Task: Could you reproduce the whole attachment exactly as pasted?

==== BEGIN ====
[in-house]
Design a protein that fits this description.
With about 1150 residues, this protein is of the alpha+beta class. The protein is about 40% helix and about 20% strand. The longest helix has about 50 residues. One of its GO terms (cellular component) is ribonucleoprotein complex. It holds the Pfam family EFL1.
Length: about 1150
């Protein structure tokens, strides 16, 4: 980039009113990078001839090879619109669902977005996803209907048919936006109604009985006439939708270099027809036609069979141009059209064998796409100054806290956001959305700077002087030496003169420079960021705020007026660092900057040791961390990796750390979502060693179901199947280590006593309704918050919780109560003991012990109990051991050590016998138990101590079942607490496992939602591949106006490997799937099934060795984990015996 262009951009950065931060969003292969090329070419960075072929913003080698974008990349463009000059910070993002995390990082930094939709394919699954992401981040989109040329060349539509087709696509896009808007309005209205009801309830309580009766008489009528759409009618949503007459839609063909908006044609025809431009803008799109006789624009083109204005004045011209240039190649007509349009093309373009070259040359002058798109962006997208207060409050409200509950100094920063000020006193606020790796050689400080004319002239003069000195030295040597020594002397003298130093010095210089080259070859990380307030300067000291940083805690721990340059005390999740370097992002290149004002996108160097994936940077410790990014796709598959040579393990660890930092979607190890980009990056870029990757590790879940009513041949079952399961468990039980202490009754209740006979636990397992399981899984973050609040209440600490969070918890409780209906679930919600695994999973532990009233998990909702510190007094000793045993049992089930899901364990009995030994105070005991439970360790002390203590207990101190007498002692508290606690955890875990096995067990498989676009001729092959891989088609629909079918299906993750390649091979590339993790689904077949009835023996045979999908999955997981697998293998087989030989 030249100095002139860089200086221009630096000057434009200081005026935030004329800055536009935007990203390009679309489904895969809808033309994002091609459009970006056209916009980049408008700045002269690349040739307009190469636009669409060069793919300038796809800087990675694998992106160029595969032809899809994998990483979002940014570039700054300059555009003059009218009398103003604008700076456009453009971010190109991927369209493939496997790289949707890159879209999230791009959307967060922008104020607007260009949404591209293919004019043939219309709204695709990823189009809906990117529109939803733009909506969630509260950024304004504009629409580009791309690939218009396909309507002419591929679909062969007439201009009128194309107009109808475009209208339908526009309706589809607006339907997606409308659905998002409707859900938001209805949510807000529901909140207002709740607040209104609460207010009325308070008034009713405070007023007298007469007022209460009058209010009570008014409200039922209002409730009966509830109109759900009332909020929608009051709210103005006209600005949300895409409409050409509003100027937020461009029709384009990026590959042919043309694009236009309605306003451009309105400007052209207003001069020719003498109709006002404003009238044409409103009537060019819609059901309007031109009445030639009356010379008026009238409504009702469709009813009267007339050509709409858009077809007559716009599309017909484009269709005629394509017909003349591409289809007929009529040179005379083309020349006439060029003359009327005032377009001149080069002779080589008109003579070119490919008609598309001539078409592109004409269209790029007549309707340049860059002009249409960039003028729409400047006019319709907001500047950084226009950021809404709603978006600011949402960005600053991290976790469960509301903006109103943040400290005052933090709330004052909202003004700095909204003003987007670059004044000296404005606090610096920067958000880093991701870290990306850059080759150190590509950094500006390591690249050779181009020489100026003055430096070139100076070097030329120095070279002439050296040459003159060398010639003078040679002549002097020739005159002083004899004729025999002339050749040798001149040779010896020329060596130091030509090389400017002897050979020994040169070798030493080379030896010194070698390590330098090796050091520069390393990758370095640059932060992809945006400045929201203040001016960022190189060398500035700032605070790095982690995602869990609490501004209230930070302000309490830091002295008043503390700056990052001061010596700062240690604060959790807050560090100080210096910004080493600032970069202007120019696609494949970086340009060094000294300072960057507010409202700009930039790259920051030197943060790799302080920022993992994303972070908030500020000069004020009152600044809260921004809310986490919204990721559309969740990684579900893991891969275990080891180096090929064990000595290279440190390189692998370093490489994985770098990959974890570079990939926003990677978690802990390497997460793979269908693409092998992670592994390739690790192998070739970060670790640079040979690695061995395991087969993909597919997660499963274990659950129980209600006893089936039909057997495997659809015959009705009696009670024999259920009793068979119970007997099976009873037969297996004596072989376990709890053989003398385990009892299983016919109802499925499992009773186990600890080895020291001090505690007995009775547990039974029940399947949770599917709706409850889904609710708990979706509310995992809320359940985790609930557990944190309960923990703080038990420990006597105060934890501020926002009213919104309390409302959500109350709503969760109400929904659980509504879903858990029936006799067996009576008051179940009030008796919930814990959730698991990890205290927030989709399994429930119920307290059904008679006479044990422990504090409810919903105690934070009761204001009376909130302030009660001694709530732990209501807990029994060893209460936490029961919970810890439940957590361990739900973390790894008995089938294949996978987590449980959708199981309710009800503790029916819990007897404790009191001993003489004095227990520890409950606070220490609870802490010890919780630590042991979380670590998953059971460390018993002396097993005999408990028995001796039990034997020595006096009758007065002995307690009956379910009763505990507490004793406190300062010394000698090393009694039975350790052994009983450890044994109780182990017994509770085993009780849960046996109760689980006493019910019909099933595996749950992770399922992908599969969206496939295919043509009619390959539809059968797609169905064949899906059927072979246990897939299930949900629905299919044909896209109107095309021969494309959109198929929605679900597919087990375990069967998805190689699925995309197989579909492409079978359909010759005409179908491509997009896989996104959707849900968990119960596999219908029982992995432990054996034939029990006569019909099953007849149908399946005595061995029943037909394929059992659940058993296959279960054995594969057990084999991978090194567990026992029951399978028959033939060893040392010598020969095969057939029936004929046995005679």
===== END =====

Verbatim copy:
[in-house]
Design a protein that fits this description.
With about 1150 residues, this protein is of the alpha+beta class. The protein is about 40% helix and about 20% strand. The longest helix has about 50 residues. One of its GO terms (cellular component) is ribonucleoprotein complex. It holds the Pfam family EFL1.
Length: about 1150
């Protein structure tokens, strides 16, 4: 980039009113990078001839090879619109669902977005996803209907048919936006109604009985006439939708270099027809036609069979141009059209064998796409100054806290956001959305700077002087030496003169420079960021705020007026660092900057040791961390990796750390979502060693179901199947280590006593309704918050919780109560003991012990109990051991050590016998138990101590079942607490496992939602591949106006490997799937099934060795984990015996 262009951009950065931060969003292969090329070419960075072929913003080698974008990349463009000059910070993002995390990082930094939709394919699954992401981040989109040329060349539509087709696509896009808007309005209205009801309830309580009766008489009528759409009618949503007459839609063909908006044609025809431009803008799109006789624009083109204005004045011209240039190649007509349009093309373009070259040359002058798109962006997208207060409050409200509950100094920063000020006193606020790796050689400080004319002239003069000195030295040597020594002397003298130093010095210089080259070859990380307030300067000291940083805690721990340059005390999740370097992002290149004002996108160097994936940077410790990014796709598959040579393990660890930092979607190890980009990056870029990757590790879940009513041949079952399961468990039980202490009754209740006979636990397992399981899984973050609040209440600490969070918890409780209906679930919600695994999973532990009233998990909702510190007094000793045993049992089930899901364990009995030994105070005991439970360790002390203590207990101190007498002692508290606690955890875990096995067990498989676009001729092959891989088609629909079918299906993750390649091979590339993790689904077949009835023996045979999908999955997981697998293998087989030989 030249100095002139860089200086221009630096000057434009200081005026935030004329800055536009935007990203390009679309489904895969809808033309994002091609459009970006056209916009980049408008700045002269690349040739307009190469636009669409060069793919300038796809800087990675694998992106160029595969032809899809994998990483979002940014570039700054300059555009003059009218009398103003604008700076456009453009971010190109991927369209493939496997790289949707890159879209999230791009959307967060922008104020607007260009949404591209293919004019043939219309709204695709990823189009809906990117529109939803733009909506969630509260950024304004504009629409580009791309690939218009396909309507002419591929679909062969007439201009009128194309107009109808475009209208339908526009309706589809607006339907997606409308659905998002409707859900938001209805949510807000529901909140207002709740607040209104609460207010009325308070008034009713405070007023007298007469007022209460009058209010009570008014409200039922209002409730009966509830109109759900009332909020929608009051709210103005006209600005949300895409409409050409509003100027937020461009029709384009990026590959042919043309694009236009309605306003451009309105400007052209207003001069020719003498109709006002404003009238044409409103009537060019819609059901309007031109009445030639009356010379008026009238409504009702469709009813009267007339050509709409858009077809007559716009599309017909484009269709005629394509017909003349591409289809007929009529040179005379083309020349006439060029003359009327005032377009001149080069002779080589008109003579070119490919008609598309001539078409592109004409269209790029007549309707340049860059002009249409960039003028729409400047006019319709907001500047950084226009950021809404709603978006600011949402960005600053991290976790469960509301903006109103943040400290005052933090709330004052909202003004700095909204003003987007670059004044000296404005606090610096920067958000880093991701870290990306850059080759150190590509950094500006390591690249050779181009020489100026003055430096070139100076070097030329120095070279002439050296040459003159060398010639003078040679002549002097020739005159002083004899004729025999002339050749040798001149040779010896020329060596130091030509090389400017002897050979020994040169070798030493080379030896010194070698390590330098090796050091520069390393990758370095640059932060992809945006400045929201203040001016960022190189060398500035700032605070790095982690995602869990609490501004209230930070302000309490830091002295008043503390700056990052001061010596700062240690604060959790807050560090100080210096910004080493600032970069202007120019696609494949970086340009060094000294300072960057507010409202700009930039790259920051030197943060790799302080920022993992994303972070908030500020000069004020009152600044809260921004809310986490919204990721559309969740990684579900893991891969275990080891180096090929064990000595290279440190390189692998370093490489994985770098990959974890570079990939926003990677978690802990390497997460793979269908693409092998992670592994390739690790192998070739970060670790640079040979690695061995395991087969993909597919997660499963274990659950129980209600006893089936039909057997495997659809015959009705009696009670024999259920009793068979119970007997099976009873037969297996004596072989376990709890053989003398385990009892299983016919109802499925499992009773186990600890080895020291001090505690007995009775547990039974029940399947949770599917709706409850889904609710708990979706509310995992809320359940985790609930557990944190309960923990703080038990420990006597105060934890501020926002009213919104309390409302959500109350709503969760109400929904659980509504879903858990029936006799067996009576008051179940009030008796919930814990959730698991990890205290927030989709399994429930119920307290059904008679006479044990422990504090409810919903105690934070009761204001009376909130302030009660001694709530732990209501807990029994060893209460936490029961919970810890439940957590361990739900973390790894008995089938294949996978987590449980959708199981309710009800503790029916819990007897404790009191001993003489004095227990520890409950606070220490609870802490010890919780630590042991979380670590998953059971460390018993002396097993005999408990028995001796039990034997020595006096009758007065002995307690009956379910009763505990507490004793406190300062010394000698090393009694039975350790052994009983450890044994109780182990017994509770085993009780849960046996109760689980006493019910019909099933595996749950992770399922992908599969969206496939295919043509009619390959539809059968797609169905064949899906059927072979246990897939299930949900629905299919044909896209109107095309021969494309959109198929929605679900597919087990375990069967998805190689699925995309197989579909492409079978359909010759005409179908491509997009896989996104959707849900968990119960596999219908029982992995432990054996034939029990006569019909099953007849149908399946005595061995029943037909394929059992659940058993296959279960054995594969057990084999991978090194567990026992029951399978028959033939060893040392010598020969095969057939029936004929046995005679």